Concentration of the olfactory supplement was selected in such a manner as to make the olfactory sensations very low and thus the minimal stimulatory concentration could not be exceeded. In order to verify the efficiency, the concentrations of 0.1% and 0.3% were selected. In each of the aromata 1-4, 2 concentrations were tested, i.e. altogether 8 aromata (including placebo). The panel always received 2 samples of each aroma and concentration, i.e. altogether 16 samples – with different random numbers. The amount of placebo 4 was employed because of the statistical equality of the sets. If wanting to evaluate, e.g., Tangerine (0.1 as well as 0.3 %) versus placebo, the number in the placebo branch would have to be sufficient.

3. Panel of Experts

Methodology of testing was used according to 9

The tested supplement was presented to physicians employed at the Clinic of Otorhinolaryngology and Head and Neck Surgery and the students of general medicine, who had been instructed in advance what they should evaluate in the tested sample. To avoid the bias, the panellists did not know what aromata were contained in the small bottles, what their concentrations were, or how many different samples were presented to the panel.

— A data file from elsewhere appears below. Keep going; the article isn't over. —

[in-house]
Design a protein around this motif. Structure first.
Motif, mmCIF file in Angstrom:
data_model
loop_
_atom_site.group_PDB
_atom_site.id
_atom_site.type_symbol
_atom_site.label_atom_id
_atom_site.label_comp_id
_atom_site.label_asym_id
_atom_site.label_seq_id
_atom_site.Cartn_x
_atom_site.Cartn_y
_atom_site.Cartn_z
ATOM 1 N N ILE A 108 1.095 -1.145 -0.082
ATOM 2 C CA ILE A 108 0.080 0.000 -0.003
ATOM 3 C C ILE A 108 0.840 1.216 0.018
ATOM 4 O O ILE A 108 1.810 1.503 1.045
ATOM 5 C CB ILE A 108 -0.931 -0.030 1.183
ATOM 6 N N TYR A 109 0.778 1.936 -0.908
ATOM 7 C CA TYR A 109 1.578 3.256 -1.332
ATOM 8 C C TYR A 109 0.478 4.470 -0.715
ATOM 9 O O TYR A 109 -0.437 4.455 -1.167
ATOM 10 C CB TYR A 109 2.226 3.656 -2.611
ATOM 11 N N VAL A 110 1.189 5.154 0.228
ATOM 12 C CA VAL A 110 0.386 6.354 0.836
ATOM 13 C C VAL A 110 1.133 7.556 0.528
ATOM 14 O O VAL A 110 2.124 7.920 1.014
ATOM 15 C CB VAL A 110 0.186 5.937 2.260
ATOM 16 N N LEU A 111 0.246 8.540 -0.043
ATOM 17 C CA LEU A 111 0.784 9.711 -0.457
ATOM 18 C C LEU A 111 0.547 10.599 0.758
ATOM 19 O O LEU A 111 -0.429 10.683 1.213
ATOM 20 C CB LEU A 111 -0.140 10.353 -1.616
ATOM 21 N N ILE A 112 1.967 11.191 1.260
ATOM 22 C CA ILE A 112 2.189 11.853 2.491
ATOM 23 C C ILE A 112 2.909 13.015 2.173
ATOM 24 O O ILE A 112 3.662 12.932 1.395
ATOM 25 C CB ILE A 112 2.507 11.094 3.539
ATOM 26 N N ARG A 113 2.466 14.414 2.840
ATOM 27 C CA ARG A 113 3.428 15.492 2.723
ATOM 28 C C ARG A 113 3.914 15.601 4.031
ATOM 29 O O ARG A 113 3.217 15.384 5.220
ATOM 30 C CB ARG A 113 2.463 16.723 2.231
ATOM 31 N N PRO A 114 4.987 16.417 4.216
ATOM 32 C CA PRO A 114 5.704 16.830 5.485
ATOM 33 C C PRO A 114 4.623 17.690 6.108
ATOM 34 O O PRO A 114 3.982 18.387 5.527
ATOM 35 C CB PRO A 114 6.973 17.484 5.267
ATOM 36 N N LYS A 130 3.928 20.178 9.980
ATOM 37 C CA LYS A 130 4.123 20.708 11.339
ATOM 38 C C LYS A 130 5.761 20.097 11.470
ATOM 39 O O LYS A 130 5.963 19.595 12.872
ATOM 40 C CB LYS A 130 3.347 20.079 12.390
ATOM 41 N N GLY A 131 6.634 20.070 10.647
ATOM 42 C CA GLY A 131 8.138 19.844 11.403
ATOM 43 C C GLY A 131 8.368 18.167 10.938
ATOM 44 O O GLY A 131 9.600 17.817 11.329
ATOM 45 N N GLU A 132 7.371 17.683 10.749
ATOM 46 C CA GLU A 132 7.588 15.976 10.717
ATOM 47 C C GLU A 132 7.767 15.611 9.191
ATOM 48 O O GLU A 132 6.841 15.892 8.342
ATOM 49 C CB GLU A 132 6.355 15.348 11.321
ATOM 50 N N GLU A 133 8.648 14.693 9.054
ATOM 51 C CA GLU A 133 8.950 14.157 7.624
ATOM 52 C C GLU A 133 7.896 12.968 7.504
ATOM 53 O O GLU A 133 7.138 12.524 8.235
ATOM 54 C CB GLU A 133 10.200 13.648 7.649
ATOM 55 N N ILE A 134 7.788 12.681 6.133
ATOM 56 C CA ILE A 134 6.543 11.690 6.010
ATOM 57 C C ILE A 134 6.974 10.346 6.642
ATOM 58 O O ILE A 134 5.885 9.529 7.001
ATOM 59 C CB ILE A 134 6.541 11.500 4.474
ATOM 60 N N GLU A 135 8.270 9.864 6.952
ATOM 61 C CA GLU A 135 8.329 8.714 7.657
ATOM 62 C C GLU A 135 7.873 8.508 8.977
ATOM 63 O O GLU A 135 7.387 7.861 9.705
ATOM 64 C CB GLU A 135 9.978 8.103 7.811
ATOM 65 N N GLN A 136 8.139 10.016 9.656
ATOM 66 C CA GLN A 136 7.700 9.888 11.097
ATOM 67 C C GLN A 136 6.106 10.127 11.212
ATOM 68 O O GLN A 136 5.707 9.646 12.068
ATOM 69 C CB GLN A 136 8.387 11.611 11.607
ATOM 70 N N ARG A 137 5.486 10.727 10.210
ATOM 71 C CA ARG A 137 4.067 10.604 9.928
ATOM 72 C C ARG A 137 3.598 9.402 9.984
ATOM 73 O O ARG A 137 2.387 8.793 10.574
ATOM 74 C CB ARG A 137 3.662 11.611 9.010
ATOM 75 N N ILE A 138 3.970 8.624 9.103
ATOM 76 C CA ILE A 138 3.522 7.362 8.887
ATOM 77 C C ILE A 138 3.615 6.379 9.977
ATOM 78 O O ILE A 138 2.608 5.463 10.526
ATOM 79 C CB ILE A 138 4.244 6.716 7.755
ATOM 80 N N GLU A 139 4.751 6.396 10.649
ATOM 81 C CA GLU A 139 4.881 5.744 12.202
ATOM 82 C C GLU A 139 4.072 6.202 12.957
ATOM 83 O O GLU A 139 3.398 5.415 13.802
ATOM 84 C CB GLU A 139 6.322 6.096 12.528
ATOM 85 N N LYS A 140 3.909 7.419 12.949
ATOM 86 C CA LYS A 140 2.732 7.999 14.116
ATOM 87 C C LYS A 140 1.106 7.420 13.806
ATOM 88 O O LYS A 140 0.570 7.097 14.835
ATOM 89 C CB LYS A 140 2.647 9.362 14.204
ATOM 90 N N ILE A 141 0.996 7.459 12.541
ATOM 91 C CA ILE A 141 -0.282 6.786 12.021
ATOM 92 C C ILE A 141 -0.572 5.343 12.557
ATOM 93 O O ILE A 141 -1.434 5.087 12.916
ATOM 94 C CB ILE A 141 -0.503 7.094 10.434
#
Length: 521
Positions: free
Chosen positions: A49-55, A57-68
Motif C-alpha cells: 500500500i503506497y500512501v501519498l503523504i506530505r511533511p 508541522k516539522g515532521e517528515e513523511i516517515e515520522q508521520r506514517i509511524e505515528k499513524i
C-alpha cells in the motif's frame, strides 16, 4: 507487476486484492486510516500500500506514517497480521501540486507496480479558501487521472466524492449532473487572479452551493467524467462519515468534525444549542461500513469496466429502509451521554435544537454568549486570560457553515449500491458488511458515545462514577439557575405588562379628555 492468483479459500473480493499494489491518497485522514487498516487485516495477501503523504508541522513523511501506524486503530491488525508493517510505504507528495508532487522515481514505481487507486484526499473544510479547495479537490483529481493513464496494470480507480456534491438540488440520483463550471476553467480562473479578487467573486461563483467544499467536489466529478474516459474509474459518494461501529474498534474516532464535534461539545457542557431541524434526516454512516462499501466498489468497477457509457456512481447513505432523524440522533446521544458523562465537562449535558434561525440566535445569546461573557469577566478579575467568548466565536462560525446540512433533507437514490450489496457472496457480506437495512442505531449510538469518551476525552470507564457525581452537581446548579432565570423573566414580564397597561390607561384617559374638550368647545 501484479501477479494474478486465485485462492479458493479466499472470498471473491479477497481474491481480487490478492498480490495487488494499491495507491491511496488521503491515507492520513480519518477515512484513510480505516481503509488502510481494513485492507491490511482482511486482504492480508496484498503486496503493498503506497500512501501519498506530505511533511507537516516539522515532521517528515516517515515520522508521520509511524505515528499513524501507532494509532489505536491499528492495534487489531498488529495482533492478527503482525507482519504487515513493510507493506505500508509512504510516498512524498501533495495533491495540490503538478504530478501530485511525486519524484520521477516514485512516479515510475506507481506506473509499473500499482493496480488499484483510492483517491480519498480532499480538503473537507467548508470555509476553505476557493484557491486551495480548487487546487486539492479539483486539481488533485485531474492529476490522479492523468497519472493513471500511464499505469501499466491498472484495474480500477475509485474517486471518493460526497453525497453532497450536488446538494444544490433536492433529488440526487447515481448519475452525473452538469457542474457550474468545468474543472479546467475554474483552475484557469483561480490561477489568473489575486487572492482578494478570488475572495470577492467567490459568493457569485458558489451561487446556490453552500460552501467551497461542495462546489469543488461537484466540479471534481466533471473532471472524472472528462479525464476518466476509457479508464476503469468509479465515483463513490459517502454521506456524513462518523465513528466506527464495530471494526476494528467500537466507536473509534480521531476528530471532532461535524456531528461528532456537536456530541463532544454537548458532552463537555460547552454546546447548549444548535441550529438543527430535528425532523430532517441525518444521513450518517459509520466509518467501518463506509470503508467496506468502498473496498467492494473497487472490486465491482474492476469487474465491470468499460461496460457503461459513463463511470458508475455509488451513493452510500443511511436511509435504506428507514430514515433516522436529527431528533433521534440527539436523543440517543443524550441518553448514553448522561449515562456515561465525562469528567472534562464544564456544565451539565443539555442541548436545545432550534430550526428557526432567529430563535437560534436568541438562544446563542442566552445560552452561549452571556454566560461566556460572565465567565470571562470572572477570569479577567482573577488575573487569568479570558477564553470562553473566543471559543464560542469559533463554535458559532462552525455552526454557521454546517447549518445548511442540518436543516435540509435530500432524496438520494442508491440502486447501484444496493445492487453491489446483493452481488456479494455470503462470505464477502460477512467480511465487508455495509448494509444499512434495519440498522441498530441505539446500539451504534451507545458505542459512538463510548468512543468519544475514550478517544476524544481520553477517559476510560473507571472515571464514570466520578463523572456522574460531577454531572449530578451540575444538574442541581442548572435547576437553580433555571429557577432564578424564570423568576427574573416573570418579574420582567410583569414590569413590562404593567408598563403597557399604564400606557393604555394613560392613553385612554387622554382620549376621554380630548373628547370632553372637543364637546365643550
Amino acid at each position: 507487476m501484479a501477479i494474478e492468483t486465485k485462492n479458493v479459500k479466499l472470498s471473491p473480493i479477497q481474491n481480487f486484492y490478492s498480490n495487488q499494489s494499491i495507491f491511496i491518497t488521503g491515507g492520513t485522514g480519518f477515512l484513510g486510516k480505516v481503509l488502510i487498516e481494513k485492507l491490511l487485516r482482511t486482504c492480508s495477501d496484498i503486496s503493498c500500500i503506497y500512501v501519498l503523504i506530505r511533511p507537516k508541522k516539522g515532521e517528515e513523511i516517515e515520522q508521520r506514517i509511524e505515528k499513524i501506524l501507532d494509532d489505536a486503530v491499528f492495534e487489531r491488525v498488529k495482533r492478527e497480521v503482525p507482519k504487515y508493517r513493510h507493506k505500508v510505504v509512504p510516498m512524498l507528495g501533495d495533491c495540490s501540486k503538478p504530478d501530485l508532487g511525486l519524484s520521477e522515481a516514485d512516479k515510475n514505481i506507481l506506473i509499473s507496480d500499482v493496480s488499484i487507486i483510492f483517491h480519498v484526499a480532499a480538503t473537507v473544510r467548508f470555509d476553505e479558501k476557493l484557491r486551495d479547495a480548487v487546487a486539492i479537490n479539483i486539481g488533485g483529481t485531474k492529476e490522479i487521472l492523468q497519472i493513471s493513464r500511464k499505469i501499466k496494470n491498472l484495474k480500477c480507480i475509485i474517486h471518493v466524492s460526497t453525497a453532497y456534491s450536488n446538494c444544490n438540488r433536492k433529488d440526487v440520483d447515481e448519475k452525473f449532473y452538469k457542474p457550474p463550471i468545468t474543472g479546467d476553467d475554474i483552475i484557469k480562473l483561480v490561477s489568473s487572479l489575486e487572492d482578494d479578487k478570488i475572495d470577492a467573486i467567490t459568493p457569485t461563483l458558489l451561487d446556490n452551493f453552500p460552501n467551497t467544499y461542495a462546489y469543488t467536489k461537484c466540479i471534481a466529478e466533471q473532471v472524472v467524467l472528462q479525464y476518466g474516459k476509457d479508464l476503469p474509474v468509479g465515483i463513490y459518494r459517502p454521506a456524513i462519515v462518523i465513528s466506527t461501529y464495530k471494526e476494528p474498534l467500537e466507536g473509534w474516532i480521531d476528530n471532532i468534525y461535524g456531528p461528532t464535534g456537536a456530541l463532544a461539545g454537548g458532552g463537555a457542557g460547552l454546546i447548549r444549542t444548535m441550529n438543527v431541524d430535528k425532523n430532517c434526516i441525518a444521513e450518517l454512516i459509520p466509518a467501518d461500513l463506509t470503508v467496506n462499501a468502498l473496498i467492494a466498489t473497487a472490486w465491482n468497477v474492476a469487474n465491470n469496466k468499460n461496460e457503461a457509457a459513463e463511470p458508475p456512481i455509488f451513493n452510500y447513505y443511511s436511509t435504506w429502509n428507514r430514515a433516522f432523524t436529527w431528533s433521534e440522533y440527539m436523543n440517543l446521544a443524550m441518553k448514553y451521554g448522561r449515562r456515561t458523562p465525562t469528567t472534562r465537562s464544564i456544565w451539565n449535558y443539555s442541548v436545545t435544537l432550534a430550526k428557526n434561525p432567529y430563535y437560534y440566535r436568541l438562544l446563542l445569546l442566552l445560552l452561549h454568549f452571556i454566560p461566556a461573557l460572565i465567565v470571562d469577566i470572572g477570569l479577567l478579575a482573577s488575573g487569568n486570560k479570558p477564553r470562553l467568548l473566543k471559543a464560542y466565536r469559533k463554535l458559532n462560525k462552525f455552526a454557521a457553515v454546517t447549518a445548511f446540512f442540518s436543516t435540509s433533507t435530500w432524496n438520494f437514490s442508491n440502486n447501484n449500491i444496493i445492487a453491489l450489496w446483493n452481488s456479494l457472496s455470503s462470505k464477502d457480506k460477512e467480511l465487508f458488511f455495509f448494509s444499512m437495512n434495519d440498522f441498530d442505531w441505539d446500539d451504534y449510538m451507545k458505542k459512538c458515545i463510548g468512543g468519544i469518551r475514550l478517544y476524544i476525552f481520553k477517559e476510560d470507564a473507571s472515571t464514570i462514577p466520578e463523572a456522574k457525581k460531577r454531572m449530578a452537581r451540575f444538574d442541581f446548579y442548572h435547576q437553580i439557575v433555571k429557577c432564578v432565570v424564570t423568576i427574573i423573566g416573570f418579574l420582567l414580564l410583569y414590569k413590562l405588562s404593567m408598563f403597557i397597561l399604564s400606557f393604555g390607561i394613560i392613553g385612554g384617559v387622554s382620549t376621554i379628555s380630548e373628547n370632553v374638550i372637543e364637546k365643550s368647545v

The panellists had to comply with the following criteria:

1. They must not suffer from a respiratory infection or a disease which impairs olfaction

2. They must not chew a chewing gum 30 minutes prior to testing

3. They must not eat spicy food prior to testing

4. On the day of testing they must not use perfume

5. On the day of testing they can use only an unperfumed deodorant

6. Prior to testing they must not use perfumed cosmetics, soaps, eau-de-Cologne, etc.

7. They must not have smelling compounds (disinfection) on their hands

8. They must not wear smelling clothes (medical personnel uniform is enough)

9. They must keep confidentiality of the panel

10.They must not influence other panellists by comments on the given sample